Effective Tax Rates of Oil & Gas Companies: Cashing in on Special Treatment

From 2009 through 2013, large U.S.-based oil and gas companies paid far less in federal income taxes than the statutory rate of 35 percent. Thanks to a variety of special tax provisions, these companies were also able to defer payment of a significant portion of the federal taxes they accrued during this period.

According to their financial statements, 20 of the largest oil and gas companies reported a total of $133.3 billion in U.S. pre-tax income from 2009 through 2013. These companies reported total federal income taxes during this period of $32.1 billion, giving them a federal effective tax rate (ETR) of 24.0 percent. Special provisions in the U.S. tax code allowed these companies to defer payment of more than half of this tax bill. This group of companies actually paid $15.6 billion in income taxes to the federal government during the last five years, equal to 11.7 percent of their U.S. pre-tax income. This measure, the amount of U.S. income tax paid regularly every tax period (i.e. not deferred), is known as the "current" tax rate.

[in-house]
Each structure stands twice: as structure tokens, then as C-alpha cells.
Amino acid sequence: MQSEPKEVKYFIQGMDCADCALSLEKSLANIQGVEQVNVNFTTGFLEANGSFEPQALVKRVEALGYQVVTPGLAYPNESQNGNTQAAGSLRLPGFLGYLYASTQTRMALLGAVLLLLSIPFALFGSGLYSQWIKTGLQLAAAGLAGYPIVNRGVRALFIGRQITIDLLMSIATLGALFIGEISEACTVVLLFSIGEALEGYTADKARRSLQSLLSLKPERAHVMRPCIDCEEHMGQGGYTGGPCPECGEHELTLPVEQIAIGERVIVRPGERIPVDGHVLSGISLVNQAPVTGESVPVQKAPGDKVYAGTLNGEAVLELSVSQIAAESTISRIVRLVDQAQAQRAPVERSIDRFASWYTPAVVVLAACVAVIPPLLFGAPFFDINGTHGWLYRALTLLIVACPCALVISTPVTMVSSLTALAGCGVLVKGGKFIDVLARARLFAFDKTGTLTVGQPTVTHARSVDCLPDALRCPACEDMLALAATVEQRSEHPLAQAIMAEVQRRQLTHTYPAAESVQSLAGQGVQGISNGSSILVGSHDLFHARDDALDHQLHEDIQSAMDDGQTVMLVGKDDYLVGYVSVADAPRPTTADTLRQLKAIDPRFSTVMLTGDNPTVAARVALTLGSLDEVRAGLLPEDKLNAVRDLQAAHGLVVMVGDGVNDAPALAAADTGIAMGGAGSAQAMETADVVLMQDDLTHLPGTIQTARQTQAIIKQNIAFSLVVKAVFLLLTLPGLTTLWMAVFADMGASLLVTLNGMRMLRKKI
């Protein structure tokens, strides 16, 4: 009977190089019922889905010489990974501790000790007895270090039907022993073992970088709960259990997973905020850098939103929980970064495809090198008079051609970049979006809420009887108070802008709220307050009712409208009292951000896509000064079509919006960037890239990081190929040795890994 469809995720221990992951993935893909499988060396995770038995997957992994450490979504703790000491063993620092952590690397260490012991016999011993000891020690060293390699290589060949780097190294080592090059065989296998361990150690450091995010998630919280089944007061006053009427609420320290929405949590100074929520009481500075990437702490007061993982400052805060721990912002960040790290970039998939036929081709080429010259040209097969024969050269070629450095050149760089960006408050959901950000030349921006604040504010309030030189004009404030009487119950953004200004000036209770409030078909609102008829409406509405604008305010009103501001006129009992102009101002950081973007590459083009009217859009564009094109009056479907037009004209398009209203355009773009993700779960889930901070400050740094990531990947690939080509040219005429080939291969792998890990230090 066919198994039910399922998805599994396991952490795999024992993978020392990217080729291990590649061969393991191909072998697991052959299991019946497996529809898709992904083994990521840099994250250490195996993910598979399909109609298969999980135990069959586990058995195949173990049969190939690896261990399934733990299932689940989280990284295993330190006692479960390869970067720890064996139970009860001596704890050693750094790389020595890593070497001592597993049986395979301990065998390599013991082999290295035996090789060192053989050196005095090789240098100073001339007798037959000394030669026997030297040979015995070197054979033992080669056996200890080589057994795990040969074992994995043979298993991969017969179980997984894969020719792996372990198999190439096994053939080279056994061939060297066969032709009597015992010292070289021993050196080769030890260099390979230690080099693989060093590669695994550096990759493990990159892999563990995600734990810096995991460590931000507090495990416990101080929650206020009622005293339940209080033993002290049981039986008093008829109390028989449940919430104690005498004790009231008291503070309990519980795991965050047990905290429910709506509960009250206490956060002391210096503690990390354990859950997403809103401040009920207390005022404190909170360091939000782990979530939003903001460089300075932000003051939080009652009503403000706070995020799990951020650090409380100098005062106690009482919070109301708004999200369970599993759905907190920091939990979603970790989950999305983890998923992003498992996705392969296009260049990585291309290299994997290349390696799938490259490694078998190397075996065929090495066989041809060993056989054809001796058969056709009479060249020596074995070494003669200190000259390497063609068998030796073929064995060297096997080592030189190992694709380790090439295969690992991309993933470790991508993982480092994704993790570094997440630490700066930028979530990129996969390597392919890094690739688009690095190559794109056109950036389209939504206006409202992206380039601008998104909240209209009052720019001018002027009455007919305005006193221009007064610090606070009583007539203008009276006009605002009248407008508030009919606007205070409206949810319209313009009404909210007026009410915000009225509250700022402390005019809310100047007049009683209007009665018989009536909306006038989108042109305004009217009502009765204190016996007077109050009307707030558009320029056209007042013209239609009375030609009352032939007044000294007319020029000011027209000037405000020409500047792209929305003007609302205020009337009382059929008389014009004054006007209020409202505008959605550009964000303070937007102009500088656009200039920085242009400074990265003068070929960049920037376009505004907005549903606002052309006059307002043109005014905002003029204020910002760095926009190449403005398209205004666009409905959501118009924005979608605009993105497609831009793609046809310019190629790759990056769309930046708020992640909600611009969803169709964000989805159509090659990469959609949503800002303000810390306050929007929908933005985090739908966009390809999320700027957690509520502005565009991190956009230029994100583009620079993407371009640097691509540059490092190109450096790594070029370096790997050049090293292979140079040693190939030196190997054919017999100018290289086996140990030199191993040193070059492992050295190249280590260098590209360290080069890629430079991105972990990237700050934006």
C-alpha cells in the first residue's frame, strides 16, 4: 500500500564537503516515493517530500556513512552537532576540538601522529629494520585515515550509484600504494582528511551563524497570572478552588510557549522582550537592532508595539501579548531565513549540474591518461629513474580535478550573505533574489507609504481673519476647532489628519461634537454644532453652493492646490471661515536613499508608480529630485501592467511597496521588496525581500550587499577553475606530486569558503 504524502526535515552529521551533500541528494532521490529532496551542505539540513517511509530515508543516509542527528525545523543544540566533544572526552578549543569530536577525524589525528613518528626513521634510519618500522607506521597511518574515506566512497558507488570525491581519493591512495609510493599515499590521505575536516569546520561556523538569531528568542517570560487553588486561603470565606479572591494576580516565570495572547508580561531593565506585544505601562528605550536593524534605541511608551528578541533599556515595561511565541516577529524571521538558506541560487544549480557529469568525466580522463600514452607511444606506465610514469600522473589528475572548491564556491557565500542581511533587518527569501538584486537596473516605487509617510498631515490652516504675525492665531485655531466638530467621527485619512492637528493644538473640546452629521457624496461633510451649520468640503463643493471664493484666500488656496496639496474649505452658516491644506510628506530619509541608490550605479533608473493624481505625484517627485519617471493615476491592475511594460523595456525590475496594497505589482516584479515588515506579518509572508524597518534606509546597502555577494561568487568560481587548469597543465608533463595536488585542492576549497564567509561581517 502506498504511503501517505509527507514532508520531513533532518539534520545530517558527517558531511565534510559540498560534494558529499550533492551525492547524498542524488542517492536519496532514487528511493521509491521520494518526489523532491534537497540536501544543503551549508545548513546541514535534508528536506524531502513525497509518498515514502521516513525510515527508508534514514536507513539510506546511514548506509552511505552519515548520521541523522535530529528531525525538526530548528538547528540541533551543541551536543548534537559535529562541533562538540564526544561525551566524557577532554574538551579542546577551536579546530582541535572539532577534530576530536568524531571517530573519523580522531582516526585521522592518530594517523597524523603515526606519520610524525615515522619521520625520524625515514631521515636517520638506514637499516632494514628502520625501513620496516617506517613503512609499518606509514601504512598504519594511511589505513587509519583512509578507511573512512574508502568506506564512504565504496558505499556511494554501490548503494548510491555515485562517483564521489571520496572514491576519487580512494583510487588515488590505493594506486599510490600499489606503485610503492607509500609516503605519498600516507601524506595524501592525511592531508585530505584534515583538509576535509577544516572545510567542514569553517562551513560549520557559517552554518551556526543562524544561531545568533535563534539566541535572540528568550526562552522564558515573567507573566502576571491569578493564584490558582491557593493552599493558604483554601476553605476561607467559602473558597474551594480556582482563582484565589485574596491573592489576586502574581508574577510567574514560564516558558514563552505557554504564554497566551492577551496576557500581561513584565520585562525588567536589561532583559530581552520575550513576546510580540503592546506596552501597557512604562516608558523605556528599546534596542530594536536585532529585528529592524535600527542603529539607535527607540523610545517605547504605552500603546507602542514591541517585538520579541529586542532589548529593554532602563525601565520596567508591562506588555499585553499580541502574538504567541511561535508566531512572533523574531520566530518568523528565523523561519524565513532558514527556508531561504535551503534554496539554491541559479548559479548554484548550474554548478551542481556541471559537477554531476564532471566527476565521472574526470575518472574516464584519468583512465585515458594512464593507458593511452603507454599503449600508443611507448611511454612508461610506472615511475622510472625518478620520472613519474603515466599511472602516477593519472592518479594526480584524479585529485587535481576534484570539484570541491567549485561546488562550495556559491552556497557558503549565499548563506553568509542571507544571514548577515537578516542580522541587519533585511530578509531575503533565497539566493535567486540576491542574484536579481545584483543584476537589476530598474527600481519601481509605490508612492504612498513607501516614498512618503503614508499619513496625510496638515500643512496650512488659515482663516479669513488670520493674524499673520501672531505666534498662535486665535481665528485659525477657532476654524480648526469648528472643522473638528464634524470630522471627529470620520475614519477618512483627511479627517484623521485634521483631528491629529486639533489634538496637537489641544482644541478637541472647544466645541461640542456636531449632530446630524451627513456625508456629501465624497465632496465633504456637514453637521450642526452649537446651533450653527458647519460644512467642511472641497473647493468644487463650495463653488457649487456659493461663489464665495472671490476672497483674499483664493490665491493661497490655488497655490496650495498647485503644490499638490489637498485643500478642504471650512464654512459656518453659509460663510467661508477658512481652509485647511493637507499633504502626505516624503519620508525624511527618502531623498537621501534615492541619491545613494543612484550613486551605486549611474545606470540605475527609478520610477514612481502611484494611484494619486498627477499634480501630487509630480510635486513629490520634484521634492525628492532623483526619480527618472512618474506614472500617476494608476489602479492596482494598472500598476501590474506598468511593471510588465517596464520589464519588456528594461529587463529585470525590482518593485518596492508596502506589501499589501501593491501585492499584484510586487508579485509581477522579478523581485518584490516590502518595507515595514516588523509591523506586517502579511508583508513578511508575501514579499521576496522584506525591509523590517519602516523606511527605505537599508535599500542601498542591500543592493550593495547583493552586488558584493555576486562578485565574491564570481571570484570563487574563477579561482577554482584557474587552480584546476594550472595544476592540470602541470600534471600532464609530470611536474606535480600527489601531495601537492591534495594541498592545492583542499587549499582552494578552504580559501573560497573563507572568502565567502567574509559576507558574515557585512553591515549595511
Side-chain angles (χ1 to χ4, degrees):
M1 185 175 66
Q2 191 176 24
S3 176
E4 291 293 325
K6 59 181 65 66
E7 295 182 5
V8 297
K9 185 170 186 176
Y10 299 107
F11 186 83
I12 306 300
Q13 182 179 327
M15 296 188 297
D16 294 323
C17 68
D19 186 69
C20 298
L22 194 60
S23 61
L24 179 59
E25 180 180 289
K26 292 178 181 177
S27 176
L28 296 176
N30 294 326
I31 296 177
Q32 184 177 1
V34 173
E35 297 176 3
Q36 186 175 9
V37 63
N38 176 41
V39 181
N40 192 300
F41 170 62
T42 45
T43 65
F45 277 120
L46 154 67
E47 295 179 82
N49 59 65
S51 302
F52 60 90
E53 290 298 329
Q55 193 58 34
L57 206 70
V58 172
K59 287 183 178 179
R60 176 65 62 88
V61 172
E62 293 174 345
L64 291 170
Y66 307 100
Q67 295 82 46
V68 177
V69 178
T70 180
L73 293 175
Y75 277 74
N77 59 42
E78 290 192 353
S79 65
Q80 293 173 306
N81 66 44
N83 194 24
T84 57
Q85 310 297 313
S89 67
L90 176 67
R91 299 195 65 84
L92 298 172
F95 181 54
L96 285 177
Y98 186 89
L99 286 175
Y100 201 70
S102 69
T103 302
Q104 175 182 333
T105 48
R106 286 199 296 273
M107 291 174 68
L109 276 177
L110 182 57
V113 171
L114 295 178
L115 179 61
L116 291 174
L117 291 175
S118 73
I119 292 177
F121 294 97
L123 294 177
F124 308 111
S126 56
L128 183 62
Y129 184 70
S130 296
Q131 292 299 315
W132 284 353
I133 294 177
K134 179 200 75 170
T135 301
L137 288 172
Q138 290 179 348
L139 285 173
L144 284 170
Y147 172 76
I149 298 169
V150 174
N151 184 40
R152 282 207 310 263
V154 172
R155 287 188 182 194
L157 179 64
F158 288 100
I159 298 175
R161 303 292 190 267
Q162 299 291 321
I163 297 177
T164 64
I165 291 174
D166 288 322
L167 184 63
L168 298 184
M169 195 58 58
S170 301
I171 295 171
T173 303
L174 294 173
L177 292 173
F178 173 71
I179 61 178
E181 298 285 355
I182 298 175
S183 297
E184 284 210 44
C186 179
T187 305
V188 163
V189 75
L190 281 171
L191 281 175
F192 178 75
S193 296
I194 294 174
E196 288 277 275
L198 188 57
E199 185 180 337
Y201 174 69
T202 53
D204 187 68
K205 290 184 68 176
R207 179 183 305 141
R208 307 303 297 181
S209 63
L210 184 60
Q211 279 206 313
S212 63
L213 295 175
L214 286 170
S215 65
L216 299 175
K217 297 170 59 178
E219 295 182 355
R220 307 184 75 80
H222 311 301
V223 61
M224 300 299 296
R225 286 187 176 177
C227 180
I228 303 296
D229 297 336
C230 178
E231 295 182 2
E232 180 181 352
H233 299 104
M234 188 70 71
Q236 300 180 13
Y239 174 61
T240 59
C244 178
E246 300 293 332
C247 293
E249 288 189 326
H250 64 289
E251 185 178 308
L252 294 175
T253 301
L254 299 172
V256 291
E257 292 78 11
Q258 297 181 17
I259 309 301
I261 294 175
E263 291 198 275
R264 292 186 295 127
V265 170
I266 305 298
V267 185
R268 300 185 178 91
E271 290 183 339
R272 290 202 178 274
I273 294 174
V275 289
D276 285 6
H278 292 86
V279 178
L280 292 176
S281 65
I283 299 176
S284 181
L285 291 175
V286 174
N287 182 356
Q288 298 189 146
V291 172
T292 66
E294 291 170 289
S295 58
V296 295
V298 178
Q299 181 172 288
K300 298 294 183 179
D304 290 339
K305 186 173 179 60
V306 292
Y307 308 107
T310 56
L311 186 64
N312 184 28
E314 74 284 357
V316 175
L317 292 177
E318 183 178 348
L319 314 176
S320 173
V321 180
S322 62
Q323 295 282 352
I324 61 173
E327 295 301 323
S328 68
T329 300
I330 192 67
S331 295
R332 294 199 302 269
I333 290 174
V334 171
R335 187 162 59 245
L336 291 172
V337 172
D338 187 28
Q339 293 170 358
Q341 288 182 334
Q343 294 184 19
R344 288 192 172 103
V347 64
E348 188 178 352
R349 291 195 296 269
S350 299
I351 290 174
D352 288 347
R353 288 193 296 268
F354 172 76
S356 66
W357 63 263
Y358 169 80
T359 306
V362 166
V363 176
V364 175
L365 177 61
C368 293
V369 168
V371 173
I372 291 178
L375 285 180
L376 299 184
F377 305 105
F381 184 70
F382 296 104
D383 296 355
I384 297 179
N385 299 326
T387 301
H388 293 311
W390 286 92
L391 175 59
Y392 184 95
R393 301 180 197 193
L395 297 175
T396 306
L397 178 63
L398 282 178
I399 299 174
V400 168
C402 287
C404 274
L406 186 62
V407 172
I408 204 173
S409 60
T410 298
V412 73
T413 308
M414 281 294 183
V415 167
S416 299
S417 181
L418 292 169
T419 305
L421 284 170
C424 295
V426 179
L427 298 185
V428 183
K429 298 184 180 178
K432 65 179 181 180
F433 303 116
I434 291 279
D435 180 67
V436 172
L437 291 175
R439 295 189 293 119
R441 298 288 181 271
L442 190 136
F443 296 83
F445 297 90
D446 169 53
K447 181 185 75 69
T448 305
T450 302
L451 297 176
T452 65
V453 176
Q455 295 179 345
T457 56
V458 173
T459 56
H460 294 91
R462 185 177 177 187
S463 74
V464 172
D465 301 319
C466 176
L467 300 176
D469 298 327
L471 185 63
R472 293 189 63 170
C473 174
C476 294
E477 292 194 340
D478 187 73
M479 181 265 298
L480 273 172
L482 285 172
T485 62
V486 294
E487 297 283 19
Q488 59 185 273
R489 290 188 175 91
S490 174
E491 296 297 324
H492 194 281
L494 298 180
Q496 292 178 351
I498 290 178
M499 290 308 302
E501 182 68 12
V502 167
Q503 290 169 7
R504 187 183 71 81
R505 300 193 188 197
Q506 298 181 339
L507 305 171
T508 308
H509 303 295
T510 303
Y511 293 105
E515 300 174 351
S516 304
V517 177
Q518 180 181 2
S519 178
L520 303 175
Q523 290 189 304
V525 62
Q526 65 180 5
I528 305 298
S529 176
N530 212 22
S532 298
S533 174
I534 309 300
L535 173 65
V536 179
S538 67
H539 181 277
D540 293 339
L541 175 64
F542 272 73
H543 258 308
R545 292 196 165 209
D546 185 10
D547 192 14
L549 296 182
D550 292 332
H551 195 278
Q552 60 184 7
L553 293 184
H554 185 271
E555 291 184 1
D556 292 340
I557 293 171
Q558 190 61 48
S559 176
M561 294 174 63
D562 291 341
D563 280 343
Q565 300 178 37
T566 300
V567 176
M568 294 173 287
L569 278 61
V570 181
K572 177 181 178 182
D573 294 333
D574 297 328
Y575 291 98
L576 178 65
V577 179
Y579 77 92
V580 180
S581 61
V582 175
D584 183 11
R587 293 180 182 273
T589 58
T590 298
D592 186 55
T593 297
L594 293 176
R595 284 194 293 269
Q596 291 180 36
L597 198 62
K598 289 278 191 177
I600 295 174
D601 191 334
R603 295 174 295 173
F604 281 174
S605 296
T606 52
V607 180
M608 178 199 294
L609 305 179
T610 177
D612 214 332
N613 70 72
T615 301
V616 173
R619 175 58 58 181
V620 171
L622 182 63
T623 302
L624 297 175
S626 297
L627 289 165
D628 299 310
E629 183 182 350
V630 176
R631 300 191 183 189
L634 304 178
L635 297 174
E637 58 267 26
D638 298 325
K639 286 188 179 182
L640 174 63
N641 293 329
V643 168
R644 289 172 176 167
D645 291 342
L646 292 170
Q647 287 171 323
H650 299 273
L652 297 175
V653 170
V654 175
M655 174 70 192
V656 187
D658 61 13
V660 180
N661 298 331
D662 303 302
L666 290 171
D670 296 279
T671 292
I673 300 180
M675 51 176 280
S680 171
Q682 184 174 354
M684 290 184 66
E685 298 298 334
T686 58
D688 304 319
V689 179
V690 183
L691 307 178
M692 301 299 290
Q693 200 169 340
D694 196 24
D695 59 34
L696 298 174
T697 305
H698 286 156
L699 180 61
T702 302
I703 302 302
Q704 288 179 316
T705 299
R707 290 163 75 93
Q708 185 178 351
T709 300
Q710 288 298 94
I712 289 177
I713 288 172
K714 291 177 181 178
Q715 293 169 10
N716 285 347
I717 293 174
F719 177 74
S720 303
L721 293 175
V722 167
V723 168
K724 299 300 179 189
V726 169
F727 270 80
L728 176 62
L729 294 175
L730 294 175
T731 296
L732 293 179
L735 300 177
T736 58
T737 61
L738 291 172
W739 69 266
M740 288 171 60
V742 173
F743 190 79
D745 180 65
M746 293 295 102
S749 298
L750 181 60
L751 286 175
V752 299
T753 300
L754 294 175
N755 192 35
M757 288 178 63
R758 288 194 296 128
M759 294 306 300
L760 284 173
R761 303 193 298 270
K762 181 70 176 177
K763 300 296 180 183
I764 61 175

The federal income tax of this group of companies is dramatically less than the income taxes they paid to foreign governments during the same period. Foreign income taxes totaled roughly 46.2 percent of their total foreign pre-tax income. And because the tax codes of foreign governments generally do not allow the deferral of tax payments the way the U.S. code does, these companies paid out 99 percent of the entire amount of $254.2 billion in accrued tax liabilities to foreign governments.